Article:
ECONOMYNEXT – Sri Lanka’s controversial Prevention of Terrorism Act (PTA), which temporarily cost the country the EU’s GSP Plus trade concession in 2010, is once again under scrutiny after it was enforced to arrest and detain protestors involved in the Aragalaya (Struggle) protest movement that caused a sitting president to resign.
First billed as a temporary Act in 1978, the PTA has been used sporadically throughout Sri Lanka’s recent history.
It was used in the aftermath of the 2019 Easter Sunday attacks, after the initial protests in front of ousted President Gotabaya Rajapaksha’s private residence in Colombo suburb, and most recently to detain three anti-government protestors.
The protestors, Convenor of the Inter University Students’ Federation (IUSF) Wasantha Mudalige, Convener of Inter University Bhikku Federation Galwewa Siridhamma Thero, and member of the Kelaniya University Students’ Union Hashantha Jawantha Gunathilake, have all been served a 90 day detention order by President and Minister of Defence Ranil Wickremesinghe.
This development came hours after UN Special Rapporteur on Human Rights Defenders Mary Lawlor requested President Wickremesinghe to not to sign the detention orders.
Historically accused of being used against minorities, the PTA was drafted by Wickremesinghe’s uncle, then President J R Jayawardena, to quell activity of the separatist Liberation Tigers of Tamil Elam (LTTE).
Critics say the Act’s vague wording made it possible for law enforcement to arrest civilians on the slightest suspicion of anti-state activity including but not limited to intimidating a population, preventing governments or international organisations from functioning, or causing damage to any property, public or private.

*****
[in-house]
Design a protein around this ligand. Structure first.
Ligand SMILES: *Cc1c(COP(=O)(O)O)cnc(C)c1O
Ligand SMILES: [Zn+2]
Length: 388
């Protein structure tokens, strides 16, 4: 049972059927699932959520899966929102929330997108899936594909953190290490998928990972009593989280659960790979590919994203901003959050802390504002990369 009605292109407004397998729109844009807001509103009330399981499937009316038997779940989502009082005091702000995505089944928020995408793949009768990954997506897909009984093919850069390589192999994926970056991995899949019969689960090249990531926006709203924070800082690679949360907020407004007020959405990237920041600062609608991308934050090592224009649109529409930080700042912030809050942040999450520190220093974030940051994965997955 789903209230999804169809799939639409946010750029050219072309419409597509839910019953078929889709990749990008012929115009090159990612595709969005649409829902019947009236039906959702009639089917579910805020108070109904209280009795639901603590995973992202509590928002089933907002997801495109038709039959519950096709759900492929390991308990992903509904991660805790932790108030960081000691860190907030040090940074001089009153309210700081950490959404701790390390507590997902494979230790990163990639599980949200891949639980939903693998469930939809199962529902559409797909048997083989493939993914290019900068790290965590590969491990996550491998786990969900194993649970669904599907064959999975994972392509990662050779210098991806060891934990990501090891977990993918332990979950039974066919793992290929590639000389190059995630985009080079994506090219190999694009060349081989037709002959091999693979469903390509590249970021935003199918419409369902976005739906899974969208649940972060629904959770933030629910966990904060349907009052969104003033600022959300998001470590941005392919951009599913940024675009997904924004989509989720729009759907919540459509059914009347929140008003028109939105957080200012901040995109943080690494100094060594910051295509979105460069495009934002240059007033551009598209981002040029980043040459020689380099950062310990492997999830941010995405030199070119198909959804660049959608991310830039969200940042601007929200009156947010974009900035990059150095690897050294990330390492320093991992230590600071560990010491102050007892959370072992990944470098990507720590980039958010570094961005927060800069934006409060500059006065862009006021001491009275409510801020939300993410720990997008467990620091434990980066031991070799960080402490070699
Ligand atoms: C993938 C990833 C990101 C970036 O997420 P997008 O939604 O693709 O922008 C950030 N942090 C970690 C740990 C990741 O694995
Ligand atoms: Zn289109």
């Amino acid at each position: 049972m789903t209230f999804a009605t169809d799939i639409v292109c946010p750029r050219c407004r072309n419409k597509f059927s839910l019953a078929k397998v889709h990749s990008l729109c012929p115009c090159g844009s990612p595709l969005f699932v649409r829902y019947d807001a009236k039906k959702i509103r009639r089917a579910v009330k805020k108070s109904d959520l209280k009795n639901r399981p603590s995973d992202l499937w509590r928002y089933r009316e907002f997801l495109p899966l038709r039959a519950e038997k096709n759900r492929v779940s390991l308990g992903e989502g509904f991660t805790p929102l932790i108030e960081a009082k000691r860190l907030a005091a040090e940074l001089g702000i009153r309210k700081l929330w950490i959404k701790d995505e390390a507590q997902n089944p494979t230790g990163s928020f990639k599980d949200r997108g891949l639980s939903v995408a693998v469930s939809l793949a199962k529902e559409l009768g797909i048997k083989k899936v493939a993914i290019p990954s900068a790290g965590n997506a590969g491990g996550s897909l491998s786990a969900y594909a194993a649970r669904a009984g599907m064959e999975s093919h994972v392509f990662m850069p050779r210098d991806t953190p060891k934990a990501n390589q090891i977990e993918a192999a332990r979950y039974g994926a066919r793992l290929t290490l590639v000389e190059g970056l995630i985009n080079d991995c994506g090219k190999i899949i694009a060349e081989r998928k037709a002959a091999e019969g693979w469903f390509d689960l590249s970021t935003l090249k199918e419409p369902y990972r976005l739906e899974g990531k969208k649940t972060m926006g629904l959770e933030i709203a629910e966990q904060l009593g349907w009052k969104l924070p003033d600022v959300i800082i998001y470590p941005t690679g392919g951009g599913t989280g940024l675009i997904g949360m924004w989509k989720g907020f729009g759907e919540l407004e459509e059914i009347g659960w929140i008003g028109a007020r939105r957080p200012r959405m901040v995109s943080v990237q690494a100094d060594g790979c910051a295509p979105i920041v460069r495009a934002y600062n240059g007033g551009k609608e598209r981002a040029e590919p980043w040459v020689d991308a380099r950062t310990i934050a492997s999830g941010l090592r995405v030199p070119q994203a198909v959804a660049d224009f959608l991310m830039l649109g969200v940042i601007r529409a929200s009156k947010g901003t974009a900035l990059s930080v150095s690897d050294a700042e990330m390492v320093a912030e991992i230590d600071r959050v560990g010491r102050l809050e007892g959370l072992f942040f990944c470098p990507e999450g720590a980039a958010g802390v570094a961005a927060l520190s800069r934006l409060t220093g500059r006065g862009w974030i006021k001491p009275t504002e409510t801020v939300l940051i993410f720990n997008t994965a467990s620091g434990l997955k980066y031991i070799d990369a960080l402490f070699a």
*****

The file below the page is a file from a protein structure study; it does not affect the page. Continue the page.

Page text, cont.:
After civilians took to the streets en masse in March against rising costs and shortages amid Sri Lanka’s worst economic crisis since Independence, protests were largely peaceful.
The first protest at Mirihana ended with the burning of a bus. In May, retaliatory mob violence after supporters of then Prime Minister Mahinda Rajapaksha attacked peaceful protestors ended with the burning and looting of vehicles and houses belonging to MPs, and the death of one government MP.
In July, Wickremesinghe’s private residence was burned down. Protestors had taken over several official buildings including the Presidential Secretariat, the Prime Minister’s office, and the president’s official residence, causing some damage to public property, all causes for arrest under the PTA.
“It is not just bringing in bombs or guns and murdering people that can be construed as terrorism,” an official said speaking to EconomyNext asking not to be named.
“Intimidation, destruction of or damage to public property, burning down houses, this is all terrorism.”
With the imposition of the Emergency Law – which has now lapsed – and removal of the protestors’ main occupation site at Colombo’s Galle Face Green, protestors have become less outspoken, many going into hiding out of fear arrest.
Arrests made under the PTA have strengthened that fear, and International agencies such as the European Union have already voiced their concerns.
Amnesty International tweeted on Friday August 19: “Arbitrarily detaining protesters and charging them with serious criminal offences that are not justified by their actions, such as terrorism-related charges, is against international law.”
Protestors have been arrested for sitting in the president’s chair and taking selfies in the president’s official residence, while calls to investigate the pro-government mobs that attacked protestors on May 09 have gone unanswered, activists say.
Wickremesinghe effectively ended the Galle Face Occupation within 19 days of his swearing in, but dissent is still ongoing, with some protestors demanding an election.
While the State of Emergency has effectively lapsed, the PTA arrests have made protestors both more wary and more determined to take down the Wickremesinghe regime, they say. (Colombo/Aug22/2022)